10 Then the king commanded Ebed-Melech the Cushite, “Take thirty men from here with you and lift Jeremiah the prophet out of the cistern before he dies.”
11 So Ebed-Melech took the men with him and went to a room under the treasury in the palace. He took some old rags and worn-out clothes from there and let them down with ropes to Jeremiah in the cistern. 12 Ebed-Melech the Cushite said to Jeremiah, “Put these old rags and worn-out clothes under your arms to pad the ropes.” Jeremiah did so, 13 and they pulled him up with the ropes and lifted him out of the cistern (Jeremiah 38:7-13, NIV).
16 “Go and tell Ebed-Melech the Cushite, ‘This is what the LORD Almighty, the God of Israel, says: I am about to fulfill my words against this city through disaster, not prosperity. At that time they will be fulfilled before your eyes. 17 But I will rescue you on that day, declares the LORD; you will not be handed over to those you fear. 18 I will save you; you will not fall by the sword but will escape with your life, because you trust in me, declares the LORD.'” (Jeremiah 39:16-18, NIV).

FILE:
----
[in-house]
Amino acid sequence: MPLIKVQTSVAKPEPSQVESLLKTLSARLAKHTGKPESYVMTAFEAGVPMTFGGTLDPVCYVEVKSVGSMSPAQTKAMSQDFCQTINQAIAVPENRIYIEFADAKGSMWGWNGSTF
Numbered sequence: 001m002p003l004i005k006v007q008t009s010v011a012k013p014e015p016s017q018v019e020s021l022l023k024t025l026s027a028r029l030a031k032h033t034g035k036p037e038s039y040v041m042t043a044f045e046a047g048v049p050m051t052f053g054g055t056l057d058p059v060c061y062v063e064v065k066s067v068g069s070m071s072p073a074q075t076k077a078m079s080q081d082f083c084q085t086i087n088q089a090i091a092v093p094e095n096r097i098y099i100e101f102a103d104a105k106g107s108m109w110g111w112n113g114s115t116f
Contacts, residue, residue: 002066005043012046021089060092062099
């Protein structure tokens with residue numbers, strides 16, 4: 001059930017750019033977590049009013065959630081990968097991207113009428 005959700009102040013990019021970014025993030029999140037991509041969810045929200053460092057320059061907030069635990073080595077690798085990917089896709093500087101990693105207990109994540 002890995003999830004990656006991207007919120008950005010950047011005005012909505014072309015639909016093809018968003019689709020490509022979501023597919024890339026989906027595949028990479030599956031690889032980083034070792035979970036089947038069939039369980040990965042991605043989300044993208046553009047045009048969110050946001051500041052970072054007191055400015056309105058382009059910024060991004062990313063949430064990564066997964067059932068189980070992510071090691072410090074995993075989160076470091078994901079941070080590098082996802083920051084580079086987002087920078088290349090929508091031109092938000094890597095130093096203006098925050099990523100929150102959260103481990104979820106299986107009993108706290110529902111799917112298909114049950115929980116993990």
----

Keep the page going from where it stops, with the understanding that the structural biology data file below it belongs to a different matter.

So, it was an African, and not an ethnic Israelite that stood up first for God’s prophet Jeremiah. He was wise and discerning. Africans are sometimes willing to stand up for what is right when others do not.
However, it should be mentioned that because of prophecies involving Cushites “Ethiopians” in the Old Testament, it appears that some will be involved in supporting the final King of the South of Daniel 11. An alliance that will not end well for most of its participants (Daniel 11:40-43; Ezekiel 30:2-8).
Africans and the New Testament
The New Testament discusses in some detail the conversion of at least one influential African and shows that God intended him to receive the message:
6 Now an angel of the Lord spoke to Philip, saying, “Arise and go toward the south along the road which goes down from Jerusalem to Gaza.” This is desert. 27 So he arose and went. And behold, a man of Ethiopia, a eunuch of great authority under Candace the queen of the Ethiopians, who had charge of all her treasury, and had come to Jerusalem to worship, 28 was returning. And sitting in his chariot, he was reading Isaiah the prophet. 29 Then the Spirit said to Philip, “Go near and overtake this chariot.” 30 So Philip ran to him, and heard him reading the prophet Isaiah, and said, “Do you understand what you are reading?” 31 And he said, “How can I, unless someone guides me?” And he asked Philip to come up and sit with him. 32 The place in the Scripture which he read was this:
“He was led as a sheep to the slaughter;
And as a lamb before its shearer is silent,
So He opened not His mouth.
33 In His humiliation His justice was taken away,
And who will declare His generation?
For His life is taken from the earth.”Loading...